Plane of Nutrition
After colostrum or TM feeding for the first days of life, calves are often transitioned to elevated (≥ 8 L or 1.2 kg of MR powder/d, 67% of Canadian producers) or conventional (≤ 6 L or 900 kg MR powder/d, 33% of Canadian producers) planes of milk nutrition (Winder et al., 2018). Conventional programs aim to encourage early starter intake to facilitate rumen development (Tamate et al., 1962), which may result in less susceptibility to health and production challenges during weaning. However, calves fed elevated planes of nutrition have improved animal welfare through reduced starvation-associated behaviours (De Paula Vieira et al., 2008) and increased potential to produce more milk during lactation, improved mammary development, reduced age at first calving (Soberon et al., 2012) and improved immune function (Ballou et al., 2015) compared to calves fed conventional levels of milk. A recent study by Haisan et al. (2019) demonstrated that all calves offered large volumes of milk were able to consume over 8 L of whole milk/d and up to 10 L/d using an automated feeder during the first week of life. Although this clearly demonstrates that elevated feeding programs are synergistic with the calf’s natural ability to consume large volumes of milk during early life, the majority of Canadian producers still limit calves to 4 L of milk/d from days 1-7 of life (Vasseur et al., 2010). At this time, all metabolizable nutrients are consumed directly from milk due to negligible starter intake and maintenance requirements alone equal ~3 L of milk/d; therefore, feeding only 4 L largely restricts energy for growth. This large restriction in metabolizable energy is likely why calves in the aforementioned study only gained 400 g/d during the first week of life when limit-fed 5 L/d compared to calves fed over 8 L/d, who gained up to 800 g/d (Haisan et al., 2019).
Despite the well-known benefits of feeding elevated planes of nutrition, many producers do not adopt this practice as they perceive it as unfeasible without automated feeding. This is mainly due to concerns around feeding large volumes of milk in 2 meals/d, because previous research suggested that feeding a large volume of milk in a single feeding can lead to abomasal overflow of milk into the rumen (Berends et al., 2015) and reduced insulin sensitivity (Bach et al., 2013). However, a 2016 study (Ellingsen et al.) demonstrated that calves can consume 5-7 L of milk per meal without any overflow into the rumen. Furthermore, MacPherson et al. (2018) found that calves fed 8 L of milk over 2 or 4 meals/d did not display any differences in insulin sensitivity during a glucose tolerance test. Calves fed only 2 meals per day had a decreased rate of abomasal emptying, indicating that glucose delivery was slowed, which may have regulated insulin response. It is important to note that calves were fed 8 L/d over 2 meals beginning from the first week of life, and this may be a crucial metabolic developmental window in which the calf adapts to consuming high volumes of milk; however, further research regarding the longterm effects of this practice on calf metabolism and development is warranted.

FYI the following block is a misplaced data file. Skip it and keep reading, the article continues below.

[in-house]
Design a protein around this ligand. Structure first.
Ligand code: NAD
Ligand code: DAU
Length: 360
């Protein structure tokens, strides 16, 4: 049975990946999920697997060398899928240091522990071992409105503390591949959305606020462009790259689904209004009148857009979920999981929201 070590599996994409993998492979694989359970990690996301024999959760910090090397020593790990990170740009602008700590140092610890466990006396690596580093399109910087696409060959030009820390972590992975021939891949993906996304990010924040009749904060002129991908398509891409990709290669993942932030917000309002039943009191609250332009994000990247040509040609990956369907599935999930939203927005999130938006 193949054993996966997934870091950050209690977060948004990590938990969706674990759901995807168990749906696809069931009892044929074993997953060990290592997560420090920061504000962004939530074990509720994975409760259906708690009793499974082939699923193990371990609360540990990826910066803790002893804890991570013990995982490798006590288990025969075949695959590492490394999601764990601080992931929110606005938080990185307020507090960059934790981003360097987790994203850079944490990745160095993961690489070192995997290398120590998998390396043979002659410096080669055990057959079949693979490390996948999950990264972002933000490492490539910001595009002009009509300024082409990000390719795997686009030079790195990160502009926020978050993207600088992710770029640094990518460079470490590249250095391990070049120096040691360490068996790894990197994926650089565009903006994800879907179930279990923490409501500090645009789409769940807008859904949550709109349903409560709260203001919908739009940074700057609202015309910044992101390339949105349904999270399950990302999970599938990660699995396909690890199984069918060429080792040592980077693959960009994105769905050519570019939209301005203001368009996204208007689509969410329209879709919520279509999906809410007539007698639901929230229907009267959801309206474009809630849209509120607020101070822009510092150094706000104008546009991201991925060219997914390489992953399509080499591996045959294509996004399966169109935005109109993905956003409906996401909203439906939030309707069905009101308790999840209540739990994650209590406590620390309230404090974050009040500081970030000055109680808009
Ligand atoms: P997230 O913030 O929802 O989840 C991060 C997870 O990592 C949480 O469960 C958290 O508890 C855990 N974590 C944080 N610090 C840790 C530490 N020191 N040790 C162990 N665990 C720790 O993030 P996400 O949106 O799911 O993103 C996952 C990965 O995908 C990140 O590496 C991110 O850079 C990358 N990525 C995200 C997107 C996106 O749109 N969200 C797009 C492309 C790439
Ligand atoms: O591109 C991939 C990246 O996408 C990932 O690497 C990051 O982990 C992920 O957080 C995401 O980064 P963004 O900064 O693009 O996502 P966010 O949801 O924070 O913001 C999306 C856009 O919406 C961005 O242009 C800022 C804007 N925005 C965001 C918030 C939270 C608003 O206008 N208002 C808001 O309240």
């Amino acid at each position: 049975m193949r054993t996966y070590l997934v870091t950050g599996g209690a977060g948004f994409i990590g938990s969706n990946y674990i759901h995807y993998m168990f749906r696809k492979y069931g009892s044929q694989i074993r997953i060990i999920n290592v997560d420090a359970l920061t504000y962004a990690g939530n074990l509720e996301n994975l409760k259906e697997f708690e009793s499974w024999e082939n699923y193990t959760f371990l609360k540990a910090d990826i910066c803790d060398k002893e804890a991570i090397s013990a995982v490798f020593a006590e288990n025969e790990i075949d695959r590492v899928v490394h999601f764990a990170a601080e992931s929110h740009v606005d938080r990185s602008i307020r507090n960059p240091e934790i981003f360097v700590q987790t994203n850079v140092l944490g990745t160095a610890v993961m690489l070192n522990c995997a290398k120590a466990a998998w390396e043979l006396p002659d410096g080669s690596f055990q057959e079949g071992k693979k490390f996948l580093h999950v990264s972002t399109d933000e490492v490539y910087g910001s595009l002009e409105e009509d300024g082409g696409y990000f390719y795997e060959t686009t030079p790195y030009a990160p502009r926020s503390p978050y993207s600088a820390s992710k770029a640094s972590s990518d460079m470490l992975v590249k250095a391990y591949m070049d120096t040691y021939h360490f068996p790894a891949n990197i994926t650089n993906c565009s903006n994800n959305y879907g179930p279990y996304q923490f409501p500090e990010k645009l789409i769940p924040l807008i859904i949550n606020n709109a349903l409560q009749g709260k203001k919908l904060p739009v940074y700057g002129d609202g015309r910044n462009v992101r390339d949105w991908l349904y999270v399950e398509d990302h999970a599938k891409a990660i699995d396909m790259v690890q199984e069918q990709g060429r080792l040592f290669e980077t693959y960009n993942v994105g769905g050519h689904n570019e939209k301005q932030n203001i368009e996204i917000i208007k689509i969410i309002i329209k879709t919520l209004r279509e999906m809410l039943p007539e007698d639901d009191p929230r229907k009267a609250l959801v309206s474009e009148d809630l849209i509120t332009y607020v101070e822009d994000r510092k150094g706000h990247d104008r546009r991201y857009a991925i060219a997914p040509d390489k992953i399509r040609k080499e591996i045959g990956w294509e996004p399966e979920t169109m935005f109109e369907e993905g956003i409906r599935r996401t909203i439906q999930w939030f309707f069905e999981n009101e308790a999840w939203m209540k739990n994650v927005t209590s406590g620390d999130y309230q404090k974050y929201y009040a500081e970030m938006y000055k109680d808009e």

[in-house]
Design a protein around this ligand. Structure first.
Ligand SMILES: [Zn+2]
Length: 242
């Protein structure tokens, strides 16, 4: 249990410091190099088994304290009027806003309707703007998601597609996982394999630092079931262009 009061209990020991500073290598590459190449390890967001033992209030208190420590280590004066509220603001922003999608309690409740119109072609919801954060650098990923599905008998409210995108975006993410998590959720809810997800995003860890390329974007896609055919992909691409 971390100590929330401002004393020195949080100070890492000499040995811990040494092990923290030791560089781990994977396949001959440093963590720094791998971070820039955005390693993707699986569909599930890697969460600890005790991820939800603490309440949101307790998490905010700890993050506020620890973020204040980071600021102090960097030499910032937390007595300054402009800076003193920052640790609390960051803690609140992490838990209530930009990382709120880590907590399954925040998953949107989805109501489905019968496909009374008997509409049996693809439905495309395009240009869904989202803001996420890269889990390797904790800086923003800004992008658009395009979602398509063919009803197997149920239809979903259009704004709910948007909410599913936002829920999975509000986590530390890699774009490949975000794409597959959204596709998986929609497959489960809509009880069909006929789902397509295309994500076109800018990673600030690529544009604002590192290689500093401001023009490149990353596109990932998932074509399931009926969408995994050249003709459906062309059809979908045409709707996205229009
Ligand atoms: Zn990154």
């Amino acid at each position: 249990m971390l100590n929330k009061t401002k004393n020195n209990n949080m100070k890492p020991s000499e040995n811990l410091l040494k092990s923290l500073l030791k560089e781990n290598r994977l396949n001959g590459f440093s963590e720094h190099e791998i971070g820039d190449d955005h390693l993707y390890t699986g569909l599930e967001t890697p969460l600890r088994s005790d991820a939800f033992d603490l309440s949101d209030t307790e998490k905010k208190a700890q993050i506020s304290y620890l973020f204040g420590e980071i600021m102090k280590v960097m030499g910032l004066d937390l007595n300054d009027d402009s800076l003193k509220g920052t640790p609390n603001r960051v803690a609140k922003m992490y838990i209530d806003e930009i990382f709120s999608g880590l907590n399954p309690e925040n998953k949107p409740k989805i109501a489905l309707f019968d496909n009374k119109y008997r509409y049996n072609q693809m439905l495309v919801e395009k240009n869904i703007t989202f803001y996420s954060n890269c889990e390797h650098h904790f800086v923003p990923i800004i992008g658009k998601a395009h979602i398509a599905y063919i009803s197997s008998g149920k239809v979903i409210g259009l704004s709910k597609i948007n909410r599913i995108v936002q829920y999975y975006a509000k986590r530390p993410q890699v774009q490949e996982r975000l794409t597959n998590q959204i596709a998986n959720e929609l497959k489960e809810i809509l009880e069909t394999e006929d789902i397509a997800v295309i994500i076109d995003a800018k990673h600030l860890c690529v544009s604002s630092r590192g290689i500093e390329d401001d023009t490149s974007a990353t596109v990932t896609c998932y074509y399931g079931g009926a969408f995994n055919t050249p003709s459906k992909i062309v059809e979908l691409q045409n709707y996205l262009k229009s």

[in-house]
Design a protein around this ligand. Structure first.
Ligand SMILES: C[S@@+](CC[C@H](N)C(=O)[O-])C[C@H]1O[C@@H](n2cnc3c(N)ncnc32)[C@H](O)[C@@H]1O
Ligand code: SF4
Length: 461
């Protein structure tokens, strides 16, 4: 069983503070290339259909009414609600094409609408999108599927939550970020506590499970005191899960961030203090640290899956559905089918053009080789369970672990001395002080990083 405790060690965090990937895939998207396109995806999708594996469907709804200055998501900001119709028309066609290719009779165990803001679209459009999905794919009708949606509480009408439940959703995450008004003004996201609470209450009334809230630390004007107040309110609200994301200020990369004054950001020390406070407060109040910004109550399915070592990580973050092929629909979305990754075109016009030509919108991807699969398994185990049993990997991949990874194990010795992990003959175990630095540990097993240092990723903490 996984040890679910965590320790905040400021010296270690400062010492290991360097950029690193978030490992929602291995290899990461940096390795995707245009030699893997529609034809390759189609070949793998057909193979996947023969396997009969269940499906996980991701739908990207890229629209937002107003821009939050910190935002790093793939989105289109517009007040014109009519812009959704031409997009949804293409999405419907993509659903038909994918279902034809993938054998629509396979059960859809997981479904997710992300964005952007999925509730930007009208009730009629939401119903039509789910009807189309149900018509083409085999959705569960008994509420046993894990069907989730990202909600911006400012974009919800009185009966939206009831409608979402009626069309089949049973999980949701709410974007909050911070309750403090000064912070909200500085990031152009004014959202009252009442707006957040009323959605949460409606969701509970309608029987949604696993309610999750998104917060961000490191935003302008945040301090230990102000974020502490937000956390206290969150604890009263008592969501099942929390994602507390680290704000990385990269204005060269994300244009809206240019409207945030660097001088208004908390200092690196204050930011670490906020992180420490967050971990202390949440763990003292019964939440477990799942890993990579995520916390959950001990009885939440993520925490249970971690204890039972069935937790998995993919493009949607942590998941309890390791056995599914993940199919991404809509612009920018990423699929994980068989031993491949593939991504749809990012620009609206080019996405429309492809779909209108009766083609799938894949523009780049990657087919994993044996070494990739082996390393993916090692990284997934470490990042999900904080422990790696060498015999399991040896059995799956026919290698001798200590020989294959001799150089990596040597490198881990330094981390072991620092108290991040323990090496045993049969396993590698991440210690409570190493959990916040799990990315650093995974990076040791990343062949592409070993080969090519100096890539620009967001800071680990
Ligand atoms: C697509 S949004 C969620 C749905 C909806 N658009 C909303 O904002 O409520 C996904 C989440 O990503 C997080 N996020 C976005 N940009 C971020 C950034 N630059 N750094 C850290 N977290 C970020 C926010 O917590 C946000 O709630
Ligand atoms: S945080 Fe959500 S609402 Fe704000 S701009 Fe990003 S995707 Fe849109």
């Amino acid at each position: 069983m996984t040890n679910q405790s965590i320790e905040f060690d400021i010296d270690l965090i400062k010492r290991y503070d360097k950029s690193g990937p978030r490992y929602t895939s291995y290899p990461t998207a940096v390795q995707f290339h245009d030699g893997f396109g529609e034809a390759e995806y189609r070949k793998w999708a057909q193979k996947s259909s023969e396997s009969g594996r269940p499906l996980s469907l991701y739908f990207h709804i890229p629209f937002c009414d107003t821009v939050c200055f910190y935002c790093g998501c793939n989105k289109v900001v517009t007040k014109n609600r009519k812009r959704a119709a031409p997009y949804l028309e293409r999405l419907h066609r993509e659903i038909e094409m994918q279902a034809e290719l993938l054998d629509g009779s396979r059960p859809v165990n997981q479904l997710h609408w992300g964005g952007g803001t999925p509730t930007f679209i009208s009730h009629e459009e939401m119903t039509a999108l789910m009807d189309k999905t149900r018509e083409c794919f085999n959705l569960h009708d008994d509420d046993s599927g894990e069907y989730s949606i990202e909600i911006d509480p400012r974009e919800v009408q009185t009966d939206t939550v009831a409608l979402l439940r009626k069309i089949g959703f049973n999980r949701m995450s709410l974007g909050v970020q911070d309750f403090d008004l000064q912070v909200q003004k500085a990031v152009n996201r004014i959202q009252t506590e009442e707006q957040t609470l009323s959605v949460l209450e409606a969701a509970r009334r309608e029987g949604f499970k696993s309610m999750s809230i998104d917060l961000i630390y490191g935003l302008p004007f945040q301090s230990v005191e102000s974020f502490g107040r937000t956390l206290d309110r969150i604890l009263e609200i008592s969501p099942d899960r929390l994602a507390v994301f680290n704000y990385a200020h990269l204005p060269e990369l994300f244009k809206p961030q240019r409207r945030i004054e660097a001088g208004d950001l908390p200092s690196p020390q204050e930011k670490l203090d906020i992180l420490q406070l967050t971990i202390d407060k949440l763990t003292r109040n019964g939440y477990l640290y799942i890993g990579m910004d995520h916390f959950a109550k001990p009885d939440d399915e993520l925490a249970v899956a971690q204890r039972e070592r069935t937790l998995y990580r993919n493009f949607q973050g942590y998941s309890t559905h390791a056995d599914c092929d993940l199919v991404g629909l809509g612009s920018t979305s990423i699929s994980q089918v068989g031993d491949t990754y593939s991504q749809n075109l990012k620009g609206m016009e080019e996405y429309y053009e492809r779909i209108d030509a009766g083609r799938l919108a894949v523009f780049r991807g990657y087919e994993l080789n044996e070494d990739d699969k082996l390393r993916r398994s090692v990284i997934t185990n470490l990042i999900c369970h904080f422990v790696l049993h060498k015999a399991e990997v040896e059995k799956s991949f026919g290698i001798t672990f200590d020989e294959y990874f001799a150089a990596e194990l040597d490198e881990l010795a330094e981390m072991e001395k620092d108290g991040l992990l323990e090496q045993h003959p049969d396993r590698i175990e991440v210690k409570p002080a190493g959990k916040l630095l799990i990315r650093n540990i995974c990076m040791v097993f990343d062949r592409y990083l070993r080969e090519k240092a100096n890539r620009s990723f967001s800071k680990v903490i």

Milk Replacer vs. Whole Milk Composition
In Canada, 50% of dairy producers feed calves milk replacer (Vasseur et al., 2010) as opposed to whole milk. Producers generally adopt MR feeding because the nutrition provided is consistent, and it is clean and convenient. However, previous work has shown advantages to feeding whole milk compared to MR, including lower mortality and morbidity rates (Godden et al., 2005), higher energy content and a balanced supply of nutrients (Davis and Drackley, 1998). There is growing interest in the macronutrient composition of MR as it contains more lactose (45 vs. 35%) and less fat (18 vs. 30%) compared to whole milk. Still, little information exists regarding how feeding MR - especially large volumes - may affect calf gut health. High fat consumption is essential in meeting the energy demands of the young calf and increased inclusion in liquid feed can reduce the odds of mortality by 3-fold in preweaned calves (Urie et al., 2018a). Furthermore, MR is typically formulated using animal- and plant-based fats that often differ greatly in FA profiles compared to whole milk, which can negatively affect calf productivity and health (Jenkins et al., 1985). Recent work by Welboren et al. (2019a) demonstrated that feeding MR with high fat and low lactose content during the first week of life tended to delay abomasal emptying compared to calves fed a traditional MR. This may be beneficial in delaying the digestion of nutrients to allow for better absorption and may have provided reasoning for calves fed a high fat MR experiencing a lesser rise in glucose and insulin concentrations as opposed to calves fed a traditional MR (Welboren et al., 2019a). This finding suggests that high lactose inclusion may negatively affect glucose homeostasis; however, whether this practice leads to the development of insulin resistance requires further investigation. In addition, high lactose inclusion in MR can drastically increase osmolality (~400-600 mOsm/L) compared to whole milk (300 mOsm/L), which can increase intestinal permeability and potentially disturb gut mucosal structure and function (Wilms et al., 2019). However, current research on this topic is lacking and/or conflicting (Welboren et al., 2019b), and it is clear that more research is required to identify calf metabolic and intestinal development responses as calves are progressively fed larger volumes of MR.